No. 901, the first of 15 Siemens ACS-64 electric locomotives delivered to Southeastern Pennsylvania Transportation Authority (SEPTA), made its inaugural run in revenue service on July 11.
The European Commission (EC) has launched an “in-depth” investigation into the merger of Siemens Mobility and Alstom amid concerns that the combination may adversely affect competition in the signaling and rolling stock markets.
San Diego’s North County Transit District (NCTD) has ordered five new Tier 4-compliant Siemens Charger diesel-electric locomotives for service on Oceanside-San Diego Coaster regional/commuter trains. They will replace five older units originally built between 1975 and 1992 and purchased used by NCTD. The contract is worth more than $37 million.
SKF and Siemens Mobility have entered into a partnership that will integrate SKF’s Insight Rail condition-based maintenance technology Siemens’ Railigent Application Suite, which is linked with MindSphere, an IIoT (Industrial Internet of Things) operating system.
Among the Europe-based rail industry suppliers, the big are going to get bigger, it’s just going to take a little longer than expected.
Confirming a change by its contract partner, Caltrans amended its $317-million contract for new passenger cars, replacing Nippon Sharyo with Siemens, which will join with Sumitomo Corp. of America to fulfill the delayed multi-state order. Other details of the order were changed as well.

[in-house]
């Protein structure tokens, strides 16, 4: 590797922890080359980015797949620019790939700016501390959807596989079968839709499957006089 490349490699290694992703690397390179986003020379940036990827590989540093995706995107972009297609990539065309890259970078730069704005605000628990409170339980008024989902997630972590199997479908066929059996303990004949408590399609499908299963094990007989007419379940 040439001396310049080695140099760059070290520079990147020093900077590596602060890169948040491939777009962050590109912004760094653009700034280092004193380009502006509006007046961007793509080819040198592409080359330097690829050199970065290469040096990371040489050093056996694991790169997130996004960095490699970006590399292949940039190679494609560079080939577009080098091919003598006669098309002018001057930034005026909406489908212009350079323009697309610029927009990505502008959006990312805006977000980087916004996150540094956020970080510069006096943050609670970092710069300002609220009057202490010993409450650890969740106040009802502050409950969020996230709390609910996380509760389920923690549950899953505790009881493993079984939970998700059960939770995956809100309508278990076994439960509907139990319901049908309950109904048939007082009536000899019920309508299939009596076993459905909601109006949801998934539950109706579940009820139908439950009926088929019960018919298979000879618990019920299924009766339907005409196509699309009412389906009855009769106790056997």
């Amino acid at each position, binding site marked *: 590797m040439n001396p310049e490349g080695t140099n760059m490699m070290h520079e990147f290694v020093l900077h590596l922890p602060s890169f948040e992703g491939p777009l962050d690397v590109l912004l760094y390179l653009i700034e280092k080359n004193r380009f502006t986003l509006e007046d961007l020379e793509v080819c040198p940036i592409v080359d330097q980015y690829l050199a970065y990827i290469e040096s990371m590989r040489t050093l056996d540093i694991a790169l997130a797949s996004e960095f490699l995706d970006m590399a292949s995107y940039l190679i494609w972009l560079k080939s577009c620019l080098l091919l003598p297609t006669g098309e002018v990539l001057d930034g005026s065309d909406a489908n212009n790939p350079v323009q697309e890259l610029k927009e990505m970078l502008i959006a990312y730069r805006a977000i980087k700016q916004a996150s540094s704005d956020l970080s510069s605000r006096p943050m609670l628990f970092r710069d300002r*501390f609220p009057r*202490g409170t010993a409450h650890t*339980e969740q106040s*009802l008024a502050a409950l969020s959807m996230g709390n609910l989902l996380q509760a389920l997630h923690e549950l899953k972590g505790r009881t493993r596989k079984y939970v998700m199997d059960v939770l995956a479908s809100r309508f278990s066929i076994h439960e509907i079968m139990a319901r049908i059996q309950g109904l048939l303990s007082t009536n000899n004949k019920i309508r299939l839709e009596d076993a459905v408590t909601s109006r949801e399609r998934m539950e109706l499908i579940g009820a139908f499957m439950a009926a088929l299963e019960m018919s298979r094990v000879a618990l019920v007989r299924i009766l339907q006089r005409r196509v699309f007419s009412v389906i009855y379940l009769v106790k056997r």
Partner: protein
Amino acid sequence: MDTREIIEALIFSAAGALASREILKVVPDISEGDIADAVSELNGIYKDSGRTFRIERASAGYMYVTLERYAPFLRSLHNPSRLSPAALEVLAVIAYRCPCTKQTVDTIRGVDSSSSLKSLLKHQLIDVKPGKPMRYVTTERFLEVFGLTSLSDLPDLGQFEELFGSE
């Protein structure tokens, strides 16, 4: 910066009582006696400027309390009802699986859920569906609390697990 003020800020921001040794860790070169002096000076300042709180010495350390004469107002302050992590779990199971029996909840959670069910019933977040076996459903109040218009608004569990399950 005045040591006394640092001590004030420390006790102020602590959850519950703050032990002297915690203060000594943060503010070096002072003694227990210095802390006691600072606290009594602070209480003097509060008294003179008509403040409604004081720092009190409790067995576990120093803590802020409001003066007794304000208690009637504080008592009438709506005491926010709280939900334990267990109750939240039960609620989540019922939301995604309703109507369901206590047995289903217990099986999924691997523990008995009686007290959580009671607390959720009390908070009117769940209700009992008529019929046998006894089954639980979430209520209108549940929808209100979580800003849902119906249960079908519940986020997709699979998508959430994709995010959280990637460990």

Siemens has made a “significant strategic equity investment” in Wi-Tronix, a supplier of remote monitoring, video analytics, and predictive diagnostic systems for rail rolling stock and infrastructure and other industrial markets. The investment is equivalent to a minority interest in Wi-Tronix, which will continue to conduct business as a standalone, founder-led company out of its Bolingbrook, Ill., headquarters. Terms of the deal were not disclosed.
It’s official: Siemens AG and Alstom SA have signed a Memorandum of Understanding “granting exclusivity to combine mobility businesses in a merger of equals.” The combination is largely viewed as a move to remain competitive in a global market in which Chinese rolling stock manufacturers have gained considerable market share. Based on how the merged company, “Siemens Alstom,” will be structured and named, Siemens is the lead company, with 6 of 11 board members.
Mid-Coast Transit Constructors, the joint venture of Stacy and Witbeck, Herzog and Skanska building the San Diego Metropolitan Transportation System (MTS) 10.9-mile Mid-Coast Corridor light rail extension project, has selected Siemens Mobility to provide automation/signaling and traction power systems. Terms of the contract were not disclosed.
Germany’s Siemens AG and France’s Alstom SA are discussing a merger to create a European rail transportation manufacturing conglomerate to counter growing competition from China, according to a report in the Sept. 23, 2017 Wall Street Journal. Meanwhile, Siemens continues to engage in talks with Canada’s Bombardier, Inc. about merging their railway businesses.